USDA says ground beef plants must add safety measures targeting E coli


Sep 27, 2002 (CIDRAP News) – Citing evidence of increased Escherichia coli O157:H7 on beef carcasses, the US Department of Agriculture (USDA) announced this week that beef slaughter and grinding plants will be required to add safety steps aimed specifically at the pathogen.

The announcement by the USDA's Food Safety and Inspection Service (FSIS) came in the wake of a recent US General Accounting Office (GAO) report that faulted the USDA's enforcement of safety rules in meat and poultry plants. The report said the agency has not been ensuring that plants' "hazard analysis/critical control point" (HACCP) plans meet federal standards.

E coli control measures
In the FSIS announcement, Undersecretary for Food Safety Elsa Murano said, "The scientific data show that E coli O157:H7 is more prevalent than previously estimated. These action steps move beyond detection of this hazard and on to preventing it."

A study by the Agricultural Research Service in 2000 found that 28% of animals presented for slaughter were infected with E coli O157:H7 and that 43% of beef carcasses were contaminated with it, according to the FSIS. In addition, the agency said, the Centers for Disease Control and Prevention (CDC) has increased its estimate of the illnesses caused by foodborne E coli O157:H7 to 62,000 per year, with 1,800 hospitalizations and 52 deaths.

The prevalence of E coli O157:H7 suggests "that the pathogen is a hazard reasonably likely to occur at all stages of handling raw beef products," the FSIS said. Therefore, plants must do a comprehensive reexamination of their HACCP systems and, unless they can show that E coli O157:H7 is not reasonably likely to occur, must include a step to eliminate or reduce the risk of its occurrence, officials said.

Grinding plants could meet this requirement simply by requiring that their suppliers include a step to eliminate E coli O157:H7, according to an FSIS background report. "However, FSIS recommends that grinders determine whether critical control points are necessary in their own operations," the report states. The effectiveness of anti–E coli steps must be proved by USDA inspections, officials said.

The deadline for plants to finish reassessing their HACCP plans depends on plant size. Large plants will have 60 days from when the new requirements are published in the Federal Register; small plants will have 120 days, and very small plants, 180 days.

The FSIS also said it will eliminate the microbiological-testing exemption that some slaughter plants now enjoy. "All ground beef plants will become part of the FSIS random verification testing program," the agency said.

In a further step, FSIS is issuing revised guidelines that include a recommendation that grinders keep meat from different suppliers separate to prevent cross-contamination. Separation will also make it easier to trace the source of any E coli O157:H7 that turns up.

The American Meat Institute, which represents meat and poultry processors, said the FSIS plan may hurt the beef industry without making meat safer. "The unfortunate reality is that USDA's new regulations won't make E coli O157:H7 go away, but it may make some plants go away," AMI President J. Patrick Boyle said in a statement on the group's Web site.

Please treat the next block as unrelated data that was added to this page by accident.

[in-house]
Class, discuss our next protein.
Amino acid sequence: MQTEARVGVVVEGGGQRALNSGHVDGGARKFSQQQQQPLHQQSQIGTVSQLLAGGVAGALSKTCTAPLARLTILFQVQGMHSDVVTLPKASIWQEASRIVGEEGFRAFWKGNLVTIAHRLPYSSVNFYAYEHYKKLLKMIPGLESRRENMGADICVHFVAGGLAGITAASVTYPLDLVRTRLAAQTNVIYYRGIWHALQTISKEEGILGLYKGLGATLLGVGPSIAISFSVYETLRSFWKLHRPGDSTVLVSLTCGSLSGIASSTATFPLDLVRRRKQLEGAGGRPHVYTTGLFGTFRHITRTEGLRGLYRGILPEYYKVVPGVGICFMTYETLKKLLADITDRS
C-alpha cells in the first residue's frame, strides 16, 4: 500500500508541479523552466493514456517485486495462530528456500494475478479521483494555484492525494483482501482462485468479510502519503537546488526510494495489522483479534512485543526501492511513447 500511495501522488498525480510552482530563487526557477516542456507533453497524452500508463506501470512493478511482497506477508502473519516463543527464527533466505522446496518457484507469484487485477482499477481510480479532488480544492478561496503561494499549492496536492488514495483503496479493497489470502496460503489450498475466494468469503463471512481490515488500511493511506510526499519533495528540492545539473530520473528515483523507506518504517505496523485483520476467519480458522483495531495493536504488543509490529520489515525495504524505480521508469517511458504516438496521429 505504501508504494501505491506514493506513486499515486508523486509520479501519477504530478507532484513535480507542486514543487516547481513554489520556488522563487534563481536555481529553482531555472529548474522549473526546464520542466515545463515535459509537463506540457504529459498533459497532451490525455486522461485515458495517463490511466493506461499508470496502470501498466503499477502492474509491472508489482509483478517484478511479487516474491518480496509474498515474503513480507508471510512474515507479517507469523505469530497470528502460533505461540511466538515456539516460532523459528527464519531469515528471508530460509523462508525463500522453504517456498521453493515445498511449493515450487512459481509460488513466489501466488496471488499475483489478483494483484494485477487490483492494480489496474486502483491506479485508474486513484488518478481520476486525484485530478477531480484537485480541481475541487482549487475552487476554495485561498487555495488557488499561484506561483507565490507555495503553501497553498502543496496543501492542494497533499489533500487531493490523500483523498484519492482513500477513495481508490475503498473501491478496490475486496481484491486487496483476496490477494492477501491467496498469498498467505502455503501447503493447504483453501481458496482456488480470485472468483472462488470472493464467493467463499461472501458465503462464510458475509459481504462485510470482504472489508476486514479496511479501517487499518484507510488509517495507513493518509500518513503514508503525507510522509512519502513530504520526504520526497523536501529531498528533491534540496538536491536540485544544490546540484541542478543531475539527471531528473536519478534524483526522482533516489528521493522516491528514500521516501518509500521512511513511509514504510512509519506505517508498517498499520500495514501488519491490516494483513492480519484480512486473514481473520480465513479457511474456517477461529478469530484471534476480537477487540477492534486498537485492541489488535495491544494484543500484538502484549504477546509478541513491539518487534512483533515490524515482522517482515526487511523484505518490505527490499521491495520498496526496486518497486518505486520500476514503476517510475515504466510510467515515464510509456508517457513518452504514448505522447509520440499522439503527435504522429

Boyle said all beef processors already have safety steps in place to control E coli O157:H7 as part of their "Good Management Practices." Shifting these steps into HACCP plans will give the USDA more authority to shut plants down, he said.

He asserted that E coli O157:H7 is found in less than 1% of ground beef and that he has seen no data suggesting it is becoming more common. Thorough cooking is the only guaranteed way to eliminate the pathogen, he said, adding, "The goal of any food safety policy should not be to hit a target that is out of reach – like producing ground beef that is 100% free of E coli O157:H7."

GAO criticizes USDA enforcement
The GAO report, released this month, says that consumers may be unnecessarily exposed to unsafe foods because the FSIS "is not ensuring that all plants' HACCP plans meet regulatory requirements." The report is based on an analysis of 1,180 noncompliance reports from 16 plants that had safety problems in 2001, along with files of enforcement cases.

Main findings of the GAO investigators:

  • FSIS inspectors are not consistently spotting defects in HACCP plans.
  • FSIS does not expect its inspectors to determine if HACCP plans are based on sound science, because inspectors lack the necessary expertise.
  • Few plants that have serious safety problems have had their HACCP plans carefully reviewed by the FSIS.
  • FSIS isn't consistently spotting repetitive HACCP violations, in part because it has not clearly defined the criteria for them.
  • FSIS is giving plants too much time to correct safety violations.

The report says the USDA, after reviewing the draft version, agreed with the recommendations in it but felt that the report did not fully acknowledge the FSIS's progress on enforcement of regulatory requirements. Some USDA actions that are already under way "could go a long way toward addressing the problems we found," the report states.

See also:

USDA news release about steps to reduce E coli

FSIS background report

GAO report: "Meat and Poultry: Better USDA Oversight and Enforcement of Safety Rules Needed to Reduce Risk of Foodborne Illness"

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